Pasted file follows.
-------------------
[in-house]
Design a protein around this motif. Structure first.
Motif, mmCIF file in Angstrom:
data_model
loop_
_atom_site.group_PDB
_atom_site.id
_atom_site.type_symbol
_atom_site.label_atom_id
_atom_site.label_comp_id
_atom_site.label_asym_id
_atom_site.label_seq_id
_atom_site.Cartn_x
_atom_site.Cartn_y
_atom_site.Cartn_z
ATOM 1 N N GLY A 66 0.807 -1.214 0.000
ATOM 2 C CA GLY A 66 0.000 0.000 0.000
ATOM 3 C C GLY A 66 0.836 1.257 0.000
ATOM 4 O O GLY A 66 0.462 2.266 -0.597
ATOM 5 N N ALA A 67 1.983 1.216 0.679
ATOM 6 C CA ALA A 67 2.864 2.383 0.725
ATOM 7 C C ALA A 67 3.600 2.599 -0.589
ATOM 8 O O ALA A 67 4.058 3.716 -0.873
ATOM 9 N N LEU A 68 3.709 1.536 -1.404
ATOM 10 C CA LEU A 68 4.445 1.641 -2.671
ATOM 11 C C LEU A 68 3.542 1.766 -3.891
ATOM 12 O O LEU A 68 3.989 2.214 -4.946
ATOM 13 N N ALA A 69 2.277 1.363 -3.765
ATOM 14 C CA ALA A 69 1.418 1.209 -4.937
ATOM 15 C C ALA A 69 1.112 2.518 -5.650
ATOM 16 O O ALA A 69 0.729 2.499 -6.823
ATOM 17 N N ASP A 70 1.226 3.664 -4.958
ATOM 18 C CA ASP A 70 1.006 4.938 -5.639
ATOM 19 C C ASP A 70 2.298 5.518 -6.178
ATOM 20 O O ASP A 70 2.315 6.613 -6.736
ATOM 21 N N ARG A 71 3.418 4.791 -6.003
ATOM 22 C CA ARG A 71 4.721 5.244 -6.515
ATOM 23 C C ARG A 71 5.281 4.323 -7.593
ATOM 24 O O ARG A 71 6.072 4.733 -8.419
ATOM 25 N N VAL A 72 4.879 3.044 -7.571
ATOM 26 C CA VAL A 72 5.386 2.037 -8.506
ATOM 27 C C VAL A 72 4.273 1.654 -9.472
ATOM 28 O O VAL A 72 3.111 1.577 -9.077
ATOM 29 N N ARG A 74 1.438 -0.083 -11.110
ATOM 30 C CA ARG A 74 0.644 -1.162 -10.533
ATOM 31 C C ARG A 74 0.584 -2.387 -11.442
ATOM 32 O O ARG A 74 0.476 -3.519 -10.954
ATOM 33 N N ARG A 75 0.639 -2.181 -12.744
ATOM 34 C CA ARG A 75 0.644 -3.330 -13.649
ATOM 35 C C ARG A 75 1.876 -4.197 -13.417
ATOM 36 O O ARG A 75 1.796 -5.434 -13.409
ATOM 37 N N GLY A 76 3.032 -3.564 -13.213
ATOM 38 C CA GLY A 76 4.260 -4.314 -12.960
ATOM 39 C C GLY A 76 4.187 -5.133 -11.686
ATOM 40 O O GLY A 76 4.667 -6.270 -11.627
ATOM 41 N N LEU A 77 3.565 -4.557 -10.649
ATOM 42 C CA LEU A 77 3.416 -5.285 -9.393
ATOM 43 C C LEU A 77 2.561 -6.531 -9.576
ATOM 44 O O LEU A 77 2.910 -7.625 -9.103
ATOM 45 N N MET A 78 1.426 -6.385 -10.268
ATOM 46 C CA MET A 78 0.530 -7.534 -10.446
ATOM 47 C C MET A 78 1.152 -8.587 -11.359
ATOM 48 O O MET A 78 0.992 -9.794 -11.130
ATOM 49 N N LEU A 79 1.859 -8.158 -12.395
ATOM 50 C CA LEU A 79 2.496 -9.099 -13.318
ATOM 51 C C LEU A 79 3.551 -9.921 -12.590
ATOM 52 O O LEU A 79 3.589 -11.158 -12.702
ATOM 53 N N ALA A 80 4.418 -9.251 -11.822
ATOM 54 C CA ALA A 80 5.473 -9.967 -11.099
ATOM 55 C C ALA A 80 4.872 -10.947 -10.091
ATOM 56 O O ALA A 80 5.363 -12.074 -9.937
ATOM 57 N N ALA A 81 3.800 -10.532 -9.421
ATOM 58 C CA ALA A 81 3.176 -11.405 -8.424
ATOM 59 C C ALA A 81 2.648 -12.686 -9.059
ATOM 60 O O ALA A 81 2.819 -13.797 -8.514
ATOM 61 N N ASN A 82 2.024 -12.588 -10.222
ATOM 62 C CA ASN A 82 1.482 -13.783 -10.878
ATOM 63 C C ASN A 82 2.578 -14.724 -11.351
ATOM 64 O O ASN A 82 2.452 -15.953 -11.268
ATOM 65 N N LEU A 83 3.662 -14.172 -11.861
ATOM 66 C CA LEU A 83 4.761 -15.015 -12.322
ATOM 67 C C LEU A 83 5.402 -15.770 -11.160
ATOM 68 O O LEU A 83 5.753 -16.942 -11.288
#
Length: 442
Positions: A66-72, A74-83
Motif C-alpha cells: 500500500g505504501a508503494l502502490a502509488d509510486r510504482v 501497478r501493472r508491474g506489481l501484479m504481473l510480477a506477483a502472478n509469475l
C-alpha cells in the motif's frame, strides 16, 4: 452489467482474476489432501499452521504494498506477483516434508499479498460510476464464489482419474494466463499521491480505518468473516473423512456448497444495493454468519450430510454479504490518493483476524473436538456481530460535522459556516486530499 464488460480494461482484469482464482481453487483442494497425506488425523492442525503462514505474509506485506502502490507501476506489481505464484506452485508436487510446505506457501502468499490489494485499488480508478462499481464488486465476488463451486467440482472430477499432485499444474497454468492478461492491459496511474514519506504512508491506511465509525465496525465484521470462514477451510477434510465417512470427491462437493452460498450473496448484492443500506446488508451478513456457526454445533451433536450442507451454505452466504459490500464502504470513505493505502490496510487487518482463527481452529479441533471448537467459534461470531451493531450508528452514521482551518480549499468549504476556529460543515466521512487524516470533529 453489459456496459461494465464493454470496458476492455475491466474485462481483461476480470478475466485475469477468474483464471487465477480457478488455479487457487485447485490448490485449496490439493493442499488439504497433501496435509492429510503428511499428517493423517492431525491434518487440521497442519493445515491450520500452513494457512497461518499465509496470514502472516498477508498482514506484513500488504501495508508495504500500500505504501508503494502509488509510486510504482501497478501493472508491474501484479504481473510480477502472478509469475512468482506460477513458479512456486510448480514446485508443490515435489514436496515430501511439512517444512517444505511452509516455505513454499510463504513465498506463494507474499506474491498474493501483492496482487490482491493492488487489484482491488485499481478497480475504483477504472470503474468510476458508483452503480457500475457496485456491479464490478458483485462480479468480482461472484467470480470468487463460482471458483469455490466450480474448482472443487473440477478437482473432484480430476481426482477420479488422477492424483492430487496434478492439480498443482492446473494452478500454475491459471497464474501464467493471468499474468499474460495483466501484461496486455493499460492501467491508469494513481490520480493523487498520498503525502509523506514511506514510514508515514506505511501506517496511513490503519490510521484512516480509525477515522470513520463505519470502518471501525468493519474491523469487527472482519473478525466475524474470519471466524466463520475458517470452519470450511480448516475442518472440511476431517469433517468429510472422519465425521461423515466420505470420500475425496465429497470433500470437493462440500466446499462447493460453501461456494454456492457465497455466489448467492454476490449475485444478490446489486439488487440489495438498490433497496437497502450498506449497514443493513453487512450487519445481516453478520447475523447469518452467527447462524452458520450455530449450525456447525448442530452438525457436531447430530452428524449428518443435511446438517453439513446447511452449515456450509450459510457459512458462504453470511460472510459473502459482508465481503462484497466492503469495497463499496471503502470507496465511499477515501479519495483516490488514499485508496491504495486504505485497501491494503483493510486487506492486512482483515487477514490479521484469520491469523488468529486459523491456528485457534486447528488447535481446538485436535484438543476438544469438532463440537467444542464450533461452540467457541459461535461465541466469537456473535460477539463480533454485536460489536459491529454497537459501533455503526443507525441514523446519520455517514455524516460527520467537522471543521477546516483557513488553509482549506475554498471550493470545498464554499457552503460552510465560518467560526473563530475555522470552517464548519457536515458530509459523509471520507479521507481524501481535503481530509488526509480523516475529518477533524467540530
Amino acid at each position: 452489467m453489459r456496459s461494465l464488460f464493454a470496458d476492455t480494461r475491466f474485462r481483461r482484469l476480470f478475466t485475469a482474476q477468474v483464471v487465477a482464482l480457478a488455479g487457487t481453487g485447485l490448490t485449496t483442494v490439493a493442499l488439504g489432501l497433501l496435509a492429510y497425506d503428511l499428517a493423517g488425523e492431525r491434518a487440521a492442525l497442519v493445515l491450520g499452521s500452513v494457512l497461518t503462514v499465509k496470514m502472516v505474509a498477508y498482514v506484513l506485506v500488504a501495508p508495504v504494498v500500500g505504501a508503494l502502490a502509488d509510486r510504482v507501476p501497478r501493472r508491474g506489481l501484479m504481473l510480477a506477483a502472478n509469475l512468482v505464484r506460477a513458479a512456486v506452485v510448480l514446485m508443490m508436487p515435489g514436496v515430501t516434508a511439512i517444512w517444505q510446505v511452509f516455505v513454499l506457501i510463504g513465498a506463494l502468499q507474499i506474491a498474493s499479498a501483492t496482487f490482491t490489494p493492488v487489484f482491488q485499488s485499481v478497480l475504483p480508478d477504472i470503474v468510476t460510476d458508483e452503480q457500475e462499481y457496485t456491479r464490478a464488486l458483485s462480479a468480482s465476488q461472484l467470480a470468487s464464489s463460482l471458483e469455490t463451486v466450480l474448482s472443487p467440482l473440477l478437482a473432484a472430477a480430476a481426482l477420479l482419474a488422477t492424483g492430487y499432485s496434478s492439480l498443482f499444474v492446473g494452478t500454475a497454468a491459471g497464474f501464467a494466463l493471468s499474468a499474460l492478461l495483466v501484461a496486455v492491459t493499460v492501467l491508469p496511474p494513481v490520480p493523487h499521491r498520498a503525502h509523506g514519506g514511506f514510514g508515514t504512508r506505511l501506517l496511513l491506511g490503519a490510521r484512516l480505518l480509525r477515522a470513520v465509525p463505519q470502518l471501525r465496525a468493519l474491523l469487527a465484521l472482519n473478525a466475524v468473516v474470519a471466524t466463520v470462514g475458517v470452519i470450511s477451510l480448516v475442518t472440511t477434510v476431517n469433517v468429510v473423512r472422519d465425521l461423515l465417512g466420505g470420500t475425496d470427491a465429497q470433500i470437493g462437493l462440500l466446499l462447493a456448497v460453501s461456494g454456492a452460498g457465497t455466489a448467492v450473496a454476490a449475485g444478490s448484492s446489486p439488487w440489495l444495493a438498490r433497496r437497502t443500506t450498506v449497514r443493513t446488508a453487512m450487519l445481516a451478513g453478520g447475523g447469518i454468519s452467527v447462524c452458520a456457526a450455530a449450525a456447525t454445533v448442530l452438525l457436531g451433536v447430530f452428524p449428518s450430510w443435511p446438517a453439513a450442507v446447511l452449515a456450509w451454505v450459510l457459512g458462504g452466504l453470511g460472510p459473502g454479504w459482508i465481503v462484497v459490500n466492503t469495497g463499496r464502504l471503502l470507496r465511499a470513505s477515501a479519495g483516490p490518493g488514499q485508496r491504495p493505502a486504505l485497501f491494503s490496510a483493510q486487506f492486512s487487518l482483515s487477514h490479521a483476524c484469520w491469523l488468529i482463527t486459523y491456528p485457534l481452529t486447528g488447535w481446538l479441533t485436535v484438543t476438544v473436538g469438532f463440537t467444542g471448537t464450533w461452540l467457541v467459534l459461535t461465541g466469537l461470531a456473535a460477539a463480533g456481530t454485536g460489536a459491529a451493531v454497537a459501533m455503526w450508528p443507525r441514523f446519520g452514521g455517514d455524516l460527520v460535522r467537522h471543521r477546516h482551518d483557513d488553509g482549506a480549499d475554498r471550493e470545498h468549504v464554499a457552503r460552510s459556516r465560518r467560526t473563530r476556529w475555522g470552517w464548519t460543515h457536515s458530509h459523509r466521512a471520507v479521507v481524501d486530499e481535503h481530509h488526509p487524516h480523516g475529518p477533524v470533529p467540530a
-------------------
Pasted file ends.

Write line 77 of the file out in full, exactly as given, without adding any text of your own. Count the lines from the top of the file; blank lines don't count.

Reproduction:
ATOM 62 C CA ASN A 82 1.482 -13.783 -10.878